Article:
A number of existing swales on the campus are degraded or have not been formalised. Restoring and enhancing these swales would improve the campus’ ecology, habitat corridors, water quality, aesthetics and connect people to water.
There are a number of informal car parks around the University which are currently discharging sediment and other contaminants to the already degraded drainage lines. In some locations, appropriate intervention measures such as temporary grassed swales have been utilised to minimise impacting the water bodies on site.
Such measures should be incorporated at other informal parking areas as soon as practicable. While these measures are not ideal, in the short term they will result in reduced sediment loads to the lakes and other water features on campus and therefore assist in minimising future water quality issues.
Other integrated water management features have been impacted by construction activities; for example, some bio-filtration systems on site are clogged with silt and are no longer functioning properly.
During construction activities, existing integrated water management features should be isolated through the use of suitable sediment control fencing. Proper erosion and sediment controls should also be incorporated into the construction zones as required under legislation.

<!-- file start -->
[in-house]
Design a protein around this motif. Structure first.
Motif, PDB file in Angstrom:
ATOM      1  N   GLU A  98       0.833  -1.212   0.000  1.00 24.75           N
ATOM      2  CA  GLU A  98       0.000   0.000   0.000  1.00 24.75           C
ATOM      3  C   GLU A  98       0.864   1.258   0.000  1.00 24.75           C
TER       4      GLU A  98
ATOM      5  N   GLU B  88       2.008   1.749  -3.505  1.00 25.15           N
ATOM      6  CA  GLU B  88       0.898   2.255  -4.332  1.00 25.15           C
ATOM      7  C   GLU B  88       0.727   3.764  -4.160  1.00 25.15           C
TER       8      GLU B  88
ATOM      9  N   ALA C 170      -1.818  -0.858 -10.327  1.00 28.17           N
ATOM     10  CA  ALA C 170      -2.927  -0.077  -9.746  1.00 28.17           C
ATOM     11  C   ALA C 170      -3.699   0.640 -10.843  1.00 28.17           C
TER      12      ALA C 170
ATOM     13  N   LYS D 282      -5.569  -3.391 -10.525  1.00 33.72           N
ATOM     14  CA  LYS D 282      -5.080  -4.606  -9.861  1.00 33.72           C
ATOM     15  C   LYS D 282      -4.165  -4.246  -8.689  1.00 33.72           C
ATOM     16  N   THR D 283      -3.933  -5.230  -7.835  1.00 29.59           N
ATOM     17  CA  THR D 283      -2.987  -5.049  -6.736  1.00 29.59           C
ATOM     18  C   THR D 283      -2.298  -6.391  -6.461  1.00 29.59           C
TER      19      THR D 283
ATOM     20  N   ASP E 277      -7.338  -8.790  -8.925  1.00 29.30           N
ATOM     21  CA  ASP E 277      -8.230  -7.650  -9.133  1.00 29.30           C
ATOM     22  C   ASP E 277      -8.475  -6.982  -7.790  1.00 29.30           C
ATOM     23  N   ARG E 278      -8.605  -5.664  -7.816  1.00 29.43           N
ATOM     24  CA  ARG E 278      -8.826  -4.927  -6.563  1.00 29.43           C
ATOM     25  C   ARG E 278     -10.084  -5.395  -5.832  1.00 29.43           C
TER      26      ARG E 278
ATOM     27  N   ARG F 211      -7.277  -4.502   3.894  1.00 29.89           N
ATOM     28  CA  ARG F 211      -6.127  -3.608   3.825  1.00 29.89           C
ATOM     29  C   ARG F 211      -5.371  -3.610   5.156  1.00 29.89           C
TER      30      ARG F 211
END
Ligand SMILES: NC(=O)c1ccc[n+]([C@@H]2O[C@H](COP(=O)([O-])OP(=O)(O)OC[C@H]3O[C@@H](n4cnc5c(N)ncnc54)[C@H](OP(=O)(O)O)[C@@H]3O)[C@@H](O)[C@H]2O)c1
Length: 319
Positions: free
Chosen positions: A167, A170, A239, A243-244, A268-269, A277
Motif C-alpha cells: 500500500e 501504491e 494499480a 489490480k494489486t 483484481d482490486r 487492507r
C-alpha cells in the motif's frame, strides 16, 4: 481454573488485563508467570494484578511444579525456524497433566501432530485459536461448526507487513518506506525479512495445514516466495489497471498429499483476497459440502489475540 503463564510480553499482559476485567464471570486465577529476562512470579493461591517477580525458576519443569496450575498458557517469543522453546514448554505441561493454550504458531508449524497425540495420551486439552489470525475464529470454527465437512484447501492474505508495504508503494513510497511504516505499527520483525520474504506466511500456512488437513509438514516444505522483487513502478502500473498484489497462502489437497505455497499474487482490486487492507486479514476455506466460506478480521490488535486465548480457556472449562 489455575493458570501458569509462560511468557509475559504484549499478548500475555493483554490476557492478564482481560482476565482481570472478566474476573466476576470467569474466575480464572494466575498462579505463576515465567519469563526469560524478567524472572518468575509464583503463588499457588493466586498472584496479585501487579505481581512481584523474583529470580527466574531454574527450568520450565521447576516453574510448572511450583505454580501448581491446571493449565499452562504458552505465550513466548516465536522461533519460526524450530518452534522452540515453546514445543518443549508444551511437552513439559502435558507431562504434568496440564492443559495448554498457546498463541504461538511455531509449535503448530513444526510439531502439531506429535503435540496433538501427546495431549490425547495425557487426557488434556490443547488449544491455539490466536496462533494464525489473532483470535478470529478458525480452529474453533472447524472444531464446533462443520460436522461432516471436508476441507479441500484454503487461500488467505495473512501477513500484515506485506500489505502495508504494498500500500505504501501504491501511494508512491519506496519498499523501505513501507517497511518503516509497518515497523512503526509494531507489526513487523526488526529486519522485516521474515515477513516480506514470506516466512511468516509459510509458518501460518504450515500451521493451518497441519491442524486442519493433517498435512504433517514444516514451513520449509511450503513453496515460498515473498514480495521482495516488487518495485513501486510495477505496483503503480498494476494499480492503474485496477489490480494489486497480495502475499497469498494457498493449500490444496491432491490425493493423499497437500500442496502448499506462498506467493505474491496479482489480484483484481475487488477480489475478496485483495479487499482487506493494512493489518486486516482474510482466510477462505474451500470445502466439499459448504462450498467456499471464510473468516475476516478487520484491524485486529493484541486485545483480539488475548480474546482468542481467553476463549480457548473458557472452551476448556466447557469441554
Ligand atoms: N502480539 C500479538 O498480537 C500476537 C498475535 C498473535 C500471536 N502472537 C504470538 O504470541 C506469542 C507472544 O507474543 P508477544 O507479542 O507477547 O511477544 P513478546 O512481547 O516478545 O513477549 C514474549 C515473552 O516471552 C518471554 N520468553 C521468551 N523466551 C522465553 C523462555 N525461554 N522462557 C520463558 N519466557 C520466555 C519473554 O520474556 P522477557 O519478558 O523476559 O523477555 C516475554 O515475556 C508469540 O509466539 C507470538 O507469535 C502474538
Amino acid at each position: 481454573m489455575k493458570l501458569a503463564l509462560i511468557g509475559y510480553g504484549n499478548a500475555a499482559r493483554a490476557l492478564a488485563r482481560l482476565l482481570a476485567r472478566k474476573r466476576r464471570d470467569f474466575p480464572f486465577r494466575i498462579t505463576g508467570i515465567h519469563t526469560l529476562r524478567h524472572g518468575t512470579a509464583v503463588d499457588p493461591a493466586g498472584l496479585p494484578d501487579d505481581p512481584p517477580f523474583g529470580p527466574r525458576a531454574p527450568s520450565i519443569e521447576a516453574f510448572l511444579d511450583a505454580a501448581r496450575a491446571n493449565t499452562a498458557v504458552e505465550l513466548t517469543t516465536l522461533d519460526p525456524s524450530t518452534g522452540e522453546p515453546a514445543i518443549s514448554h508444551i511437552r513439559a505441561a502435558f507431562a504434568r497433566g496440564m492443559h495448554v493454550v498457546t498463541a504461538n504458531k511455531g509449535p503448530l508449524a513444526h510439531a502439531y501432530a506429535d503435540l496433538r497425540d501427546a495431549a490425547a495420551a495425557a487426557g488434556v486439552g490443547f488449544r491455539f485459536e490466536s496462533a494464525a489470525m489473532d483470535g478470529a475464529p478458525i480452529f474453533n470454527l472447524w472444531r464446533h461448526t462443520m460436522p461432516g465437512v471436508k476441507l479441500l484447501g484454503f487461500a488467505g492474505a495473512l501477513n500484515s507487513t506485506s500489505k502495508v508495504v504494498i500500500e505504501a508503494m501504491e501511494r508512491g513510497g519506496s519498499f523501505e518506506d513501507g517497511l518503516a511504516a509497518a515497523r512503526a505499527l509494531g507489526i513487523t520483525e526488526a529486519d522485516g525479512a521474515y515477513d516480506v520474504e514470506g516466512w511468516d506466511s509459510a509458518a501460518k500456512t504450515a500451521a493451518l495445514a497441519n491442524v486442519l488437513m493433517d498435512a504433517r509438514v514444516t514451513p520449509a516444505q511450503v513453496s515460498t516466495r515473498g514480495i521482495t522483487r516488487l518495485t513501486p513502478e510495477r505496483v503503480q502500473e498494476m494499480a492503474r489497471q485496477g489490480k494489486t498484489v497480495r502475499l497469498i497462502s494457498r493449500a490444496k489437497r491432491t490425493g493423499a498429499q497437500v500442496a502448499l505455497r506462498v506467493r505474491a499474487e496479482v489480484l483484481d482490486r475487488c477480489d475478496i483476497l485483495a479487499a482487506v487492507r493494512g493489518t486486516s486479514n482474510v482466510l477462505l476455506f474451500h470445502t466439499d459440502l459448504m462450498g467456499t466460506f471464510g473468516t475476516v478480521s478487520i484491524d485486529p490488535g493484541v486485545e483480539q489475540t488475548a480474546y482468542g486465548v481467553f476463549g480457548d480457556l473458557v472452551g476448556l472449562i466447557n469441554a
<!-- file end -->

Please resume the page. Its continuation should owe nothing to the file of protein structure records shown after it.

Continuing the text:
Irrespective of construction stage measures, the increasing building density and patronage of the University is likely to lead to further reductions in the quality of stormwater runoff from the campus into the lakes.
A formal programme for ongoing swale maintenance is recommended, involving some redesign of existing bio-filtration systems. Retrofitting advanced bio-filtration systems would be advantageous in the long term as they offer low maintenance, better landscape integration, reduced clogging, and better treatment performance.
As such, where construction activities are being planned that will impact upon existing bio-filtration systems the opportunity for redesigning and rebuilding these systems should be taken, as it will assist their capacity to handle increased loads from newly developed areas, while the improved design would result in lower maintenance requirements and better performance.
There are a number of possibilities for developing the campus’ network of bio-filtration systems. For example, streetscape bio-filtration can easily be incorporated into new and existing roads, in both soft and hard landscaped areas.
Opportunities exist for enhancing the landscape aesthetic through developing more formalised and vegetated swales. These can be readily integrated into a range of built environments, such as urbanised settings or the open campus green.